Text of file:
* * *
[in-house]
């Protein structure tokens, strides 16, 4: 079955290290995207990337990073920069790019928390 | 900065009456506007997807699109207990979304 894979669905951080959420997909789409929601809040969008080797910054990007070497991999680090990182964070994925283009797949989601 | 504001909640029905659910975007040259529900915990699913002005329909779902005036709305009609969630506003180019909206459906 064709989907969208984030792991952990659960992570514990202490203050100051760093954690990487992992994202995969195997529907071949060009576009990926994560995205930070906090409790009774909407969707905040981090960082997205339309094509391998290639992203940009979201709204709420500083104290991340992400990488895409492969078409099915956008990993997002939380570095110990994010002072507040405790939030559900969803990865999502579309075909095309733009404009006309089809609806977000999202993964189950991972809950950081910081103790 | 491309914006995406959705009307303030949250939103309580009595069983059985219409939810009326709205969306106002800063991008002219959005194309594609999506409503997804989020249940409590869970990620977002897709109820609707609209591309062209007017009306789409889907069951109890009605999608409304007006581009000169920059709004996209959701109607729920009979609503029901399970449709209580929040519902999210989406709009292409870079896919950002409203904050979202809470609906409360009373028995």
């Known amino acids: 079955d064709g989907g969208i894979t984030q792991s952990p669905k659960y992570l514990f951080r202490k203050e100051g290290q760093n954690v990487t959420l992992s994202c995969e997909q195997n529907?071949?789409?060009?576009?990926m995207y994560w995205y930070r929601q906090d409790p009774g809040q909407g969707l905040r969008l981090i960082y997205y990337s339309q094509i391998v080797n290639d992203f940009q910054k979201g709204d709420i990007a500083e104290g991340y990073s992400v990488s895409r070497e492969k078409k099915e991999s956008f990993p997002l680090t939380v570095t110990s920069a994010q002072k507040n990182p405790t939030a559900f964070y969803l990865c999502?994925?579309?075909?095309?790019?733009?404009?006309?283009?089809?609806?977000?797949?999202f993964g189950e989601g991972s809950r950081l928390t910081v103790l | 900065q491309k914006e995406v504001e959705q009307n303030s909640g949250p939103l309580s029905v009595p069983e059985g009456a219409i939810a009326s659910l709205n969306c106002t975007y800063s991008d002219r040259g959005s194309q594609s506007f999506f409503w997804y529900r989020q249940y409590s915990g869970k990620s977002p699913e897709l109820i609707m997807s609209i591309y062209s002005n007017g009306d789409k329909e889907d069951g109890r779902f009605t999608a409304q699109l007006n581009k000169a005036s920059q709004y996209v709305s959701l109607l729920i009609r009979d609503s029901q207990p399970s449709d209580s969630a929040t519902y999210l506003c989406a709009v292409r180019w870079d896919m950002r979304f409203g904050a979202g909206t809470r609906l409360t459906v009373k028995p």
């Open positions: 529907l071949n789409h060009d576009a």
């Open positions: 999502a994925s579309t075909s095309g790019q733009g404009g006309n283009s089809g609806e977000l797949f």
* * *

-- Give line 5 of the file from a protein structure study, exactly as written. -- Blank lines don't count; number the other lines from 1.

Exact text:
């Open positions: 999502a994925s579309t075909s095309g790019q733009g404009g006309n283009s089809g609806e977000l797949f």